New Naked F4-variant and Cagiva-branded electric offering(s) appear to be among the four new bikes the high-end Italian marque aims to release in 2019
MV Agusta is poised to have a very active next couple of years. The company's CEO Giovanni Castiglioni recently announced the marque plans on unveiling a myriad of new offerings to expand the brand, four of which by 2019. Because the company’s current flagship F4’s powerplant isn’t Euro4 compliant, Castiglioni says MV will launch a new liter-sized engine instead of reworking the old F4 powertrain. The new 1,000cc engine is poised to debut later this year in the form of a naked F4, or Brutale 1000, along with a trio of other offerings from the high-end outfit.
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With the upcoming redesign, the F4’s long run comes to an end. Like Ducati did with its 1299 Panigale R Final Edition, MV will be celebrating the flagship’s departure with the release of a final edition model dubbed the “Claudio” after Claudio Castiglioni, father of the company’s current CEO. The Claudio will reportedly be a top-shelf, race-spec road bike heavily derived from the brand’s WSBK machine. Interestingly, the final edition F4 will be MV’s last foray into the liter super bike class market until 2021, putting off what has previously been its flagship class in favor of proven and emerging market offerings.
MV Agusta's 2017 F4 RC.
At the recent Brutale 800RR media launch, MV’s CEO announced that along with the Claudio, the company is set to unveil a new liter-sized Brutale that's powered by the new 1,000cc engine replacing the current F4 platform. The new engine will reportedly boast the exact specs of MV’s RC WSBK machines and will supposedly be the first of the four new 2019 offerings to be unveiled later this year. Castiglioni also told media that MV is also developing a neo-classical cafe racer that’s scheduled for a 2020 release.
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Back in Summer of 2017 MV also kicked off its new Reparto Veicoli Speciali (Italian for “Special Vehicles Department) or RVS series, factory made bespoke versions of its current models, made only for a select few who can customize the modifications, albeit for a steep price. While the brand continues to aim for an affluent demographic with the RVS series, the top-shelf factory customs program does nonetheless help the company attract more customers. The first demo creation—the MV Agusta RVS #1—is decked out with custom side-mounted LED lighting, a titanium SC Project exhaust, spoked Kineo rims, titanium tank, a one-off livery, and quite a bit more.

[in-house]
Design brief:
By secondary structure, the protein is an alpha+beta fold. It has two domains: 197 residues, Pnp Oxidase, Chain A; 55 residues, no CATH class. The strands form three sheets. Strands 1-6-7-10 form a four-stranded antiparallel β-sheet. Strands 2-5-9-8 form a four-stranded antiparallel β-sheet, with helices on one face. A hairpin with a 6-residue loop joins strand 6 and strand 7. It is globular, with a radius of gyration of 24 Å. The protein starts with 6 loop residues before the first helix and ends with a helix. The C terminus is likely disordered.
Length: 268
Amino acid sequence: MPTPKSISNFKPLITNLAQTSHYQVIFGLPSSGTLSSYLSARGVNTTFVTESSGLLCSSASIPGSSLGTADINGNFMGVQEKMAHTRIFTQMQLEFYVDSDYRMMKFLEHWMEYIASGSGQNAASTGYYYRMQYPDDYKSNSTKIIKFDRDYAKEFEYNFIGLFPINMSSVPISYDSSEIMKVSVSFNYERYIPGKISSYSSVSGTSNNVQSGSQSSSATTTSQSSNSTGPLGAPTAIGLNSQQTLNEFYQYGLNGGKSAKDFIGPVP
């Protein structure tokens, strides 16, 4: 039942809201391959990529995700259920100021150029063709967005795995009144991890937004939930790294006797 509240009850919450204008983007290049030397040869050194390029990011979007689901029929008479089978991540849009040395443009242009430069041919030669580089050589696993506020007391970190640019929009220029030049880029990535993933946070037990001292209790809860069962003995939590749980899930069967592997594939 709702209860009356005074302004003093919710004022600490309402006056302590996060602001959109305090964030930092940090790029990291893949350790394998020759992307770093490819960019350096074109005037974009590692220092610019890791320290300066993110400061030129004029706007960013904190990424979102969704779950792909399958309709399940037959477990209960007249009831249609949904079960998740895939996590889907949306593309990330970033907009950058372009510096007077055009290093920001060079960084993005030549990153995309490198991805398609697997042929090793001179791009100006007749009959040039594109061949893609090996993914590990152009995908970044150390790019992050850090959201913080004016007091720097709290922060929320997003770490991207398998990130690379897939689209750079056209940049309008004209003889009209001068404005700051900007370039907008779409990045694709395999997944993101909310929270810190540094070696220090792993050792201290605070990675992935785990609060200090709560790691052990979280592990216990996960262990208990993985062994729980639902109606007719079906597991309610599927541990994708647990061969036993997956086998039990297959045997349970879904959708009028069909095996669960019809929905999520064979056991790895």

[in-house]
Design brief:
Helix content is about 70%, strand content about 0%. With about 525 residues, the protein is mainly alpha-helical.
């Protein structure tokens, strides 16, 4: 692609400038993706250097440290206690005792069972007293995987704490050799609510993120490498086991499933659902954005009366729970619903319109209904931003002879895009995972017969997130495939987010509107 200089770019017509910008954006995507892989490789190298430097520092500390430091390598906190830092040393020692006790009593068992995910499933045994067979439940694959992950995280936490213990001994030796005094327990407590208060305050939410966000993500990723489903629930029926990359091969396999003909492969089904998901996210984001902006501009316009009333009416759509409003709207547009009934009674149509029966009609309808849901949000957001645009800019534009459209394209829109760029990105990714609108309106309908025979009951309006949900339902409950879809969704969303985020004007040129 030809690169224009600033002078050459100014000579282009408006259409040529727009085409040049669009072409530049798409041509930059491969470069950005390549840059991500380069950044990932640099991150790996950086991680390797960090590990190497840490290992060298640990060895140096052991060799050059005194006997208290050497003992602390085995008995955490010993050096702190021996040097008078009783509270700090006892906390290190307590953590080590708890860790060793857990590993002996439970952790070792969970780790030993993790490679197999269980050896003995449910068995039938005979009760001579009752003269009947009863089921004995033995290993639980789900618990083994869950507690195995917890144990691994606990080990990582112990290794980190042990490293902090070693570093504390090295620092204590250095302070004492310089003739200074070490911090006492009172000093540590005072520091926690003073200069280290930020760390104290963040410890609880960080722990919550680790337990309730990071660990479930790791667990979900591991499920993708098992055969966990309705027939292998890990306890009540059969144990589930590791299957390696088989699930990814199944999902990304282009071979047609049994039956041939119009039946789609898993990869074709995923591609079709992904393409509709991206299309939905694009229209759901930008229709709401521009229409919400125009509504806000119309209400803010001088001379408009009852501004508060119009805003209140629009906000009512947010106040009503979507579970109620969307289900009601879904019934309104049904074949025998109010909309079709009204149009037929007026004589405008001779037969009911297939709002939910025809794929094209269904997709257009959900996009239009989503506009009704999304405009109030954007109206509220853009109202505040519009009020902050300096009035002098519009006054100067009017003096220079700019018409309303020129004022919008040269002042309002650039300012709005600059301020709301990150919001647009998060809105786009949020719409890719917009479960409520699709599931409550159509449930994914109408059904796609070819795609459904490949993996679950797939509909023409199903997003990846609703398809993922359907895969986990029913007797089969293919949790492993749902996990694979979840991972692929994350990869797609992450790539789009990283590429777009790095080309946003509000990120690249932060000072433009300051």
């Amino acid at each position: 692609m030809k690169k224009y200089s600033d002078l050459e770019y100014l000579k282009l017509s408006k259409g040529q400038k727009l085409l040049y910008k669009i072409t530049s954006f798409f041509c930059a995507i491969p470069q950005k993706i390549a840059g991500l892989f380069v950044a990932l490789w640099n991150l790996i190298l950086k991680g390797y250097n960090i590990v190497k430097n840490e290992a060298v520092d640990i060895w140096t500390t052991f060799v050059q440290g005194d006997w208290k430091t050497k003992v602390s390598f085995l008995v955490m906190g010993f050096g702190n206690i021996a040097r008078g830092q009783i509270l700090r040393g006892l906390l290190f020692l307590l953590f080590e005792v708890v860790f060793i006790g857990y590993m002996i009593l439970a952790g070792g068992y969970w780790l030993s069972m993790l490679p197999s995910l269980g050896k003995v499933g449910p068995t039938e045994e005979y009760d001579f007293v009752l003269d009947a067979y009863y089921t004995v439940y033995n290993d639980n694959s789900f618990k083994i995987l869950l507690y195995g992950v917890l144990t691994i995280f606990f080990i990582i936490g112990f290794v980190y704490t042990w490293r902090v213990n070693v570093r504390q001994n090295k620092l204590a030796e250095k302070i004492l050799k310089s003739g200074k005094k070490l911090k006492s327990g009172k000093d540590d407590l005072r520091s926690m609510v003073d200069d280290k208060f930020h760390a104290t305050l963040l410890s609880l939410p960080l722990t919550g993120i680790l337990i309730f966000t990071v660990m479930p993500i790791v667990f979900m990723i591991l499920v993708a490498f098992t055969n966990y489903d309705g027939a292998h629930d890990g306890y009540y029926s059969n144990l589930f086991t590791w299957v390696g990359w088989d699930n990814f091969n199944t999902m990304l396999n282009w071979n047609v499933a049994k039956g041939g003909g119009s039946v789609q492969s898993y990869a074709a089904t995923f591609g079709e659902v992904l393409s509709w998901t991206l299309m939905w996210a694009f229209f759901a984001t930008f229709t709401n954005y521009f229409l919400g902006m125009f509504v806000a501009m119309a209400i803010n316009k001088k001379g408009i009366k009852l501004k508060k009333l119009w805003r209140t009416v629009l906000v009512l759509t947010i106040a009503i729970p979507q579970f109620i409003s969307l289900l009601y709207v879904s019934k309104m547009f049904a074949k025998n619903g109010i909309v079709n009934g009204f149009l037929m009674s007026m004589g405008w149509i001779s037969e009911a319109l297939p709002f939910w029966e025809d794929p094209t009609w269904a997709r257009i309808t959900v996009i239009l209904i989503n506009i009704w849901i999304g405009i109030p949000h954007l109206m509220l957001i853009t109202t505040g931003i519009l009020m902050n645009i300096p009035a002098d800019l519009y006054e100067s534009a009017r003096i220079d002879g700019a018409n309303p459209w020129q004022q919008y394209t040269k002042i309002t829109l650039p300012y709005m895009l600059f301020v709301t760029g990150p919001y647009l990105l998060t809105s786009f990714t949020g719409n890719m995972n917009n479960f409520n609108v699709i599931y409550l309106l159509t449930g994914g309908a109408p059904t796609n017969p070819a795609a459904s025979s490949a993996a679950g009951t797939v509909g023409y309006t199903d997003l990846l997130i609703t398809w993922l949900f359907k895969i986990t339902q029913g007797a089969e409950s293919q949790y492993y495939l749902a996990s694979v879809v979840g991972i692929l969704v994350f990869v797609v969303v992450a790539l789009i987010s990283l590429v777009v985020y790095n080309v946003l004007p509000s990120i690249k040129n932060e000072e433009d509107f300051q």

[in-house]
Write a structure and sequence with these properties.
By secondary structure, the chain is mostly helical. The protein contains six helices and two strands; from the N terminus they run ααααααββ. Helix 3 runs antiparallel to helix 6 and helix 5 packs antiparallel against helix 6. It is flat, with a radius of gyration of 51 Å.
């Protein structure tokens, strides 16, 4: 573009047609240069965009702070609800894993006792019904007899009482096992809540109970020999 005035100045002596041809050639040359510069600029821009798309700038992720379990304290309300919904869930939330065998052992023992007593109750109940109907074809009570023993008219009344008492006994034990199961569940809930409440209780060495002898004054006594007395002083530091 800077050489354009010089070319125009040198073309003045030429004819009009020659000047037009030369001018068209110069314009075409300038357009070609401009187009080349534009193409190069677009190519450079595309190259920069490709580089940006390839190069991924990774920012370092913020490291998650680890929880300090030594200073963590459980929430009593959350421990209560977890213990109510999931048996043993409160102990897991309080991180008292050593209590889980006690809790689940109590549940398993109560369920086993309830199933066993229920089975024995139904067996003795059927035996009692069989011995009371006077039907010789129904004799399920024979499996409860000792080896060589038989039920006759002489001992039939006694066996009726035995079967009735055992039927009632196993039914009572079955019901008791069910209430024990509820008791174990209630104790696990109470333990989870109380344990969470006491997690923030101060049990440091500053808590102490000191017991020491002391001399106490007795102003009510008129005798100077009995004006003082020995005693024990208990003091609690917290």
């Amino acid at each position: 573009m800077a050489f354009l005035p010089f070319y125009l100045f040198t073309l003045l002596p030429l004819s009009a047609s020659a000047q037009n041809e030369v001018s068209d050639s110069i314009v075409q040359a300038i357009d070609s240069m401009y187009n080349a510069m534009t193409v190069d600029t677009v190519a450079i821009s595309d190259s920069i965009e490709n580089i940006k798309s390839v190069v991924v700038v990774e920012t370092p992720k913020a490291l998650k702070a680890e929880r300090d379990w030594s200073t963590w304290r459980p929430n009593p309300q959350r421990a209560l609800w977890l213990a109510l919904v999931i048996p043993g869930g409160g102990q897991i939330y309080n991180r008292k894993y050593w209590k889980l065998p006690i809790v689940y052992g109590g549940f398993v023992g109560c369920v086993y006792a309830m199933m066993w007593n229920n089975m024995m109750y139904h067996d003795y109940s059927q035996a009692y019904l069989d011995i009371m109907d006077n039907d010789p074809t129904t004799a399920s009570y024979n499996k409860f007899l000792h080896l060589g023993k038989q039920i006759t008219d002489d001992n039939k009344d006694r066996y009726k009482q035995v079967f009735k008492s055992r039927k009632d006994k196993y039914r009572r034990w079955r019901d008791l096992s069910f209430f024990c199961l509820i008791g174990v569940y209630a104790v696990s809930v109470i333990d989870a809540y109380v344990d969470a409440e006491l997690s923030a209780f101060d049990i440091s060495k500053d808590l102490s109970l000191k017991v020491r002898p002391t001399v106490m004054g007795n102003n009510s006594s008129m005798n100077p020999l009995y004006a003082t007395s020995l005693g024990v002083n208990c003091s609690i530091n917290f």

Arguably the biggest news Castiglioni revealed was info on the offerings to be expected from the soon-to-be-revived Cagiva brand under which MV will sell its electric models. A new electric Elefant two-wheeler is supposed to be released as a 2019 model, however if you’re a fan of the old Elefant bikes, this new version may not be what you’re expecting. Supposedly the first electric Cagiva will be an MX-style platform a la Alta’s Redshift, though there’s been no word on the comparable displacement of the electric engine, though a quarter or eighth-liter size would be my guess. It’s still hard to imagine the company wouldn’t eventually release a fire road bike under the Elefant moniker.
The MV Agusta RVS #1, from the RVS series program.
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Castiglioni also said Cagiva will release a machine somewhere between an electric mountain bike and a full-on electric motorcycle.
“I believe in electric," the CEO said. "There is a great potential, and we are making a project there – under another brand – which is Cagiva. We are investing in lightweight fun vehicles, bikes. Let’s say in-between…it’s a family. It’s a family that goes between a bicycle to a Zero-type bike, but different. If you want to go 300 mph, buy a combustion engine. But I think there can be a lot of potential market for electric, and we want to be there, this is why we invest in it now.”
There has been speculation that MV is working on the development of a hybrid gas-electric engine instead of a straight forward electric bike. This would be in line with the company’s exotic image, and whatever they sell it’s almost guaranteed to be high-end and different from the current offerings out there. On the other hand, small bikes can be sold at a much lower price point, and doing so under the Cagiva name it doesn’t take away from MV’s brand’s prestige or status. However it does enable MV to appeal to a wider range of dealerships which is something the brand could seriously use.
Photos courtesy of MV Agusta